• “With scholarship and verve, Ishizuka traces the creation of what would be called the “yellow power movement”…From San Francisco to New York to Los Angeles, from students to activists, Ishizuka depicts how the story of Asian America is multi-voiced and variegated.”
  • “Fascinating and thorough history...The range and depth covered within these pages makes this tome essential reading for anyone interested in the past, present and future of what it means to be Asian American.”
  • “An indispensable narrative archive of Asian-American organizing and insurgency.”

Blog

  • The Unexceptional Racism of Andrew Sullivan


    Detail from the cover of William Petersen's Japanese Americans: Oppression and Success (1971).

    Let’s start at the end.

    In the final paragraph of his recently published commentary, “Why Do Democrats Feel Sorry for Hillary Clinton?,” Andrew Sullivan writes, “Asian-Americans, like Jews, are indeed a problem for the ‘social-justice’ brigade. I mean, how on earth have both ethnic groups done so well in such a profoundly racist society?”

    To some, it may be unclear how a piece criticizing Clinton supporters wound up discussing Asian Americans and the recent brutal attack on United Airlines passenger David Dao. But there is a logic to Sullivan’s screed.

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  • Red Sale 2017

    A special Red Flash-Sale, 50% off these selected books (with free worldwide shipping) until Feb 15, midnight (UTC).

    Click here to activate your discount.


     

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  • The Year in Review: Verso authors reflect on 2016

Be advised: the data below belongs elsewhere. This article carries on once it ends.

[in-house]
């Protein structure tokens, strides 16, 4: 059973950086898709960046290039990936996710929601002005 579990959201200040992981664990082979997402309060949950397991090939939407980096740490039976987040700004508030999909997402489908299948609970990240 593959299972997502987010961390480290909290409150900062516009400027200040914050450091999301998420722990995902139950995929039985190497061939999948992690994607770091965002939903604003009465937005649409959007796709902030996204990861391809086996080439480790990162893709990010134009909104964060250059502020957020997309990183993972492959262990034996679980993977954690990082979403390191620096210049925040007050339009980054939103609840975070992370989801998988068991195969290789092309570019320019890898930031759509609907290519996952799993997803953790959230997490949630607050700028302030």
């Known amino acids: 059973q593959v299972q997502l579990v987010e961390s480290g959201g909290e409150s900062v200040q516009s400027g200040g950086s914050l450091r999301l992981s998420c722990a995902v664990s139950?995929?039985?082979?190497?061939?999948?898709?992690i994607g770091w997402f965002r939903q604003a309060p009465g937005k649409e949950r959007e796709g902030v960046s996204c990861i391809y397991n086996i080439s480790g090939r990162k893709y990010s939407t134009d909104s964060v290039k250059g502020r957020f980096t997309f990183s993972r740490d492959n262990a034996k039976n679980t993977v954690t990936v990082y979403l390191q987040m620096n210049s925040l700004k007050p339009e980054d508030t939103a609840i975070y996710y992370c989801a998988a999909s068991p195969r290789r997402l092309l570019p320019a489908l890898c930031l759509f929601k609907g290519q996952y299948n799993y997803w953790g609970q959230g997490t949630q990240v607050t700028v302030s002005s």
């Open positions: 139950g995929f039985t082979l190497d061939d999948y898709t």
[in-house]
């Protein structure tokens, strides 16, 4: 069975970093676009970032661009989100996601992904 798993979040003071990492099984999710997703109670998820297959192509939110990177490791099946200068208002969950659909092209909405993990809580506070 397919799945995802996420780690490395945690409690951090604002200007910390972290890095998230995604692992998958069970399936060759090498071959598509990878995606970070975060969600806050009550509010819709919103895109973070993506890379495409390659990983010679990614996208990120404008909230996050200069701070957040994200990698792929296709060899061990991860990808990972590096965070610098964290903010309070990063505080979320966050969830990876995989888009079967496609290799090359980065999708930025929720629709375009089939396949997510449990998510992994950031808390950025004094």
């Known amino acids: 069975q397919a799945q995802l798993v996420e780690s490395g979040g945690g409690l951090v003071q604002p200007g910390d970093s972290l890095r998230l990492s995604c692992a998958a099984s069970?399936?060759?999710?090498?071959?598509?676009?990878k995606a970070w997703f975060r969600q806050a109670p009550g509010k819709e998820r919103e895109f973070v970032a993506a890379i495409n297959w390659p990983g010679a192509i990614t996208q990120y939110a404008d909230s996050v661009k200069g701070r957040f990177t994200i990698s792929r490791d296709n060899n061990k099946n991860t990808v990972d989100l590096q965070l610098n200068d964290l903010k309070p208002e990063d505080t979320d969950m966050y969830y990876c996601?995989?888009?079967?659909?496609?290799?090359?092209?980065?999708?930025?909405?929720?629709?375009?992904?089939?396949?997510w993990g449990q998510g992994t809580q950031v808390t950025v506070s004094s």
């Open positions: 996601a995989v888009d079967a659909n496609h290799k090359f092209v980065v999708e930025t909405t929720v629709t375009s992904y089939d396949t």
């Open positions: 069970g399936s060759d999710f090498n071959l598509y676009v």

From the explosion in border walls to the rise of Donald Trump to the books that they've read along the way, Verso authors reflect on one of the most shocking years in recent history in this 2016 review.

    With contributions from: Franco Bifo Berardi, Christine Delphy, Keller Easterling, Nick Estes, Liz Fekete, Amber A'Lee Frost, Andrea Gibbons, Owen Hatherley, Eric Hazan, Helen Hester, Karen L. Ishizuka, Reece Jones, Costas Lapavitsas, Andreas Malm, Geoff Mann, Jane McAlevey, Ed Morales, David Roediger Nick Srnicek and Wolfgang Streeck.


    Franco ‘Bifo’ Berardi
    , author of Heroes

    Ninety-nine years after the Soviet Revolution the stage is set for precipitation into global civil war. While the financial class exacerbates its agenda fuelling  unemployment and social devastation, the dynamics that led to Nazism are deploying worldwide. Nationalists are repeating what Hitler said to the impoverished workers of Germany: rather than as defeated workers, think of yourself as white warriors so you’ll win. They did not win, but they destroyed Europe. They will not win this time neither, but they are poised to destroy the world.

    After two centuries of colonial violence, we are now facing the final showdown. As worker’s internationalism has been destroyed by capital globalisation, a planetary bloodbath is getting almost unavoidable. 

    After centuries of colonial domination and violence, the dominators of the world are now facing a final showdown: the dispossessed of the world are reclaiming a moral and economic reward that the West is unwilling and unable to pay. The concrete historical debt towards those people that we have exploited cannot be paid because we are forced to pay the abstract financial debt.

    The collapse of capitalism is going to be interminable and enormously destructive, as long as a conscious subjectivity does not emerge.


    Christine Delphy, author of Separate and Dominate 

    The year now coming to an end has abounded with bad news on the political front. After a foul and very long debate on how we could ‘strip’ French citizens of their nationality – ultimately reaching the conclusion that this was impossible with regard to both French laws and international conventions – the government abandoned the bill. Immediately after that, a fresh bill was presented to ‘reform’ the labour code, largely getting rid of the majority of the guarantees enjoyed by workers. There was a mass mobilisation against this plan, lasting across the whole spring and part of summer. It opposed demonstrators in all France’s towns and cities to a police which, as the prime minister Manuel Valls put it, ‘had not been given any orders to show restraint’.